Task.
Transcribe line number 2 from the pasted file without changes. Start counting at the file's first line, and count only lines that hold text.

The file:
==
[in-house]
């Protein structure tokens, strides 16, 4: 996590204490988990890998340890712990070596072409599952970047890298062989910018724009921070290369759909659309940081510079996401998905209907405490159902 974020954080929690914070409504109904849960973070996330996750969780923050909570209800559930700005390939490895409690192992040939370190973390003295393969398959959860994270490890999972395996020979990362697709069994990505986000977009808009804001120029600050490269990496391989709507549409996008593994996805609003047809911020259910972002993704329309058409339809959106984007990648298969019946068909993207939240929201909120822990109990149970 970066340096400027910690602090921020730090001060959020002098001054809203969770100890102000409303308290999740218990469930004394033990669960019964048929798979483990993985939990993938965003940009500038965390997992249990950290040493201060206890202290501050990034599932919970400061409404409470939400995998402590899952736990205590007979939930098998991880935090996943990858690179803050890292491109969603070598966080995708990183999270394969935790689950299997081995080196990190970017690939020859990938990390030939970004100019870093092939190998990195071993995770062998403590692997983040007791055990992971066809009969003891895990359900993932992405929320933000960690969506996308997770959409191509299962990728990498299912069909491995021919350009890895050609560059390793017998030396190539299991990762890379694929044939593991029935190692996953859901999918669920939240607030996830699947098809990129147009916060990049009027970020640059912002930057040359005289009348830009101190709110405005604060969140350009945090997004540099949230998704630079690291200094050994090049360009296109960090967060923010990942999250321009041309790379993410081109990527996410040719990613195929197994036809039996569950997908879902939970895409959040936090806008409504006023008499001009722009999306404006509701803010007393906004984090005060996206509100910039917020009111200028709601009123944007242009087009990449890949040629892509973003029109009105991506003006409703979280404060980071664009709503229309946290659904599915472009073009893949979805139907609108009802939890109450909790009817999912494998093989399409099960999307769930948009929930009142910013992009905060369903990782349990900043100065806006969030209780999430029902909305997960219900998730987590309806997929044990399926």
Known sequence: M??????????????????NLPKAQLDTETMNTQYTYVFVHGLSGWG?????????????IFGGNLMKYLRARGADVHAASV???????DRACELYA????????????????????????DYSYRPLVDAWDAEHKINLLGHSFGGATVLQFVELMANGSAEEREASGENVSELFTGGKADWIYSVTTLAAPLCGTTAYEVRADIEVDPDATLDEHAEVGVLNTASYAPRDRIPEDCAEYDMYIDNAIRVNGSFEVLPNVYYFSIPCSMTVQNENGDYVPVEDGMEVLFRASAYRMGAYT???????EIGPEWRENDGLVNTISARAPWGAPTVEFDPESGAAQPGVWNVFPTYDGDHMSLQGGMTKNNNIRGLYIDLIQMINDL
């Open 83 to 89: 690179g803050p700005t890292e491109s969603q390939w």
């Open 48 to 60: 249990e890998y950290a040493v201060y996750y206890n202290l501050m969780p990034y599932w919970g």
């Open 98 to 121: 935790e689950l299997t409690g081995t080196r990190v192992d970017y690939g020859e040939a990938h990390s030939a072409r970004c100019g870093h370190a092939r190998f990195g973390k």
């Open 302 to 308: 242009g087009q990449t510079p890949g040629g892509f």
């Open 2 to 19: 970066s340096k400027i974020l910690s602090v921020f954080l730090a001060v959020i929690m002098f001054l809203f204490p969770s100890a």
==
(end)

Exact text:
């Protein structure tokens, strides 16, 4: 996590204490988990890998340890712990070596072409599952970047890298062989910018724009921070290369759909659309940081510079996401998905209907405490159902 974020954080929690914070409504109904849960973070996330996750969780923050909570209800559930700005390939490895409690192992040939370190973390003295393969398959959860994270490890999972395996020979990362697709069994990505986000977009808009804001120029600050490269990496391989709507549409996008593994996805609003047809911020259910972002993704329309058409339809959106984007990648298969019946068909993207939240929201909120822990109990149970 970066340096400027910690602090921020730090001060959020002098001054809203969770100890102000409303308290999740218990469930004394033990669960019964048929798979483990993985939990993938965003940009500038965390997992249990950290040493201060206890202290501050990034599932919970400061409404409470939400995998402590899952736990205590007979939930098998991880935090996943990858690179803050890292491109969603070598966080995708990183999270394969935790689950299997081995080196990190970017690939020859990938990390030939970004100019870093092939190998990195071993995770062998403590692997983040007791055990992971066809009969003891895990359900993932992405929320933000960690969506996308997770959409191509299962990728990498299912069909491995021919350009890895050609560059390793017998030396190539299991990762890379694929044939593991029935190692996953859901999918669920939240607030996830699947098809990129147009916060990049009027970020640059912002930057040359005289009348830009101190709110405005604060969140350009945090997004540099949230998704630079690291200094050994090049360009296109960090967060923010990942999250321009041309790379993410081109990527996410040719990613195929197994036809039996569950997908879902939970895409959040936090806008409504006023008499001009722009999306404006509701803010007393906004984090005060996206509100910039917020009111200028709601009123944007242009087009990449890949040629892509973003029109009105991506003006409703979280404060980071664009709503229309946290659904599915472009073009893949979805139907609108009802939890109450909790009817999912494998093989399409099960999307769930948009929930009142910013992009905060369903990782349990900043100065806006969030209780999430029902909305997960219900998730987590309806997929044990399926």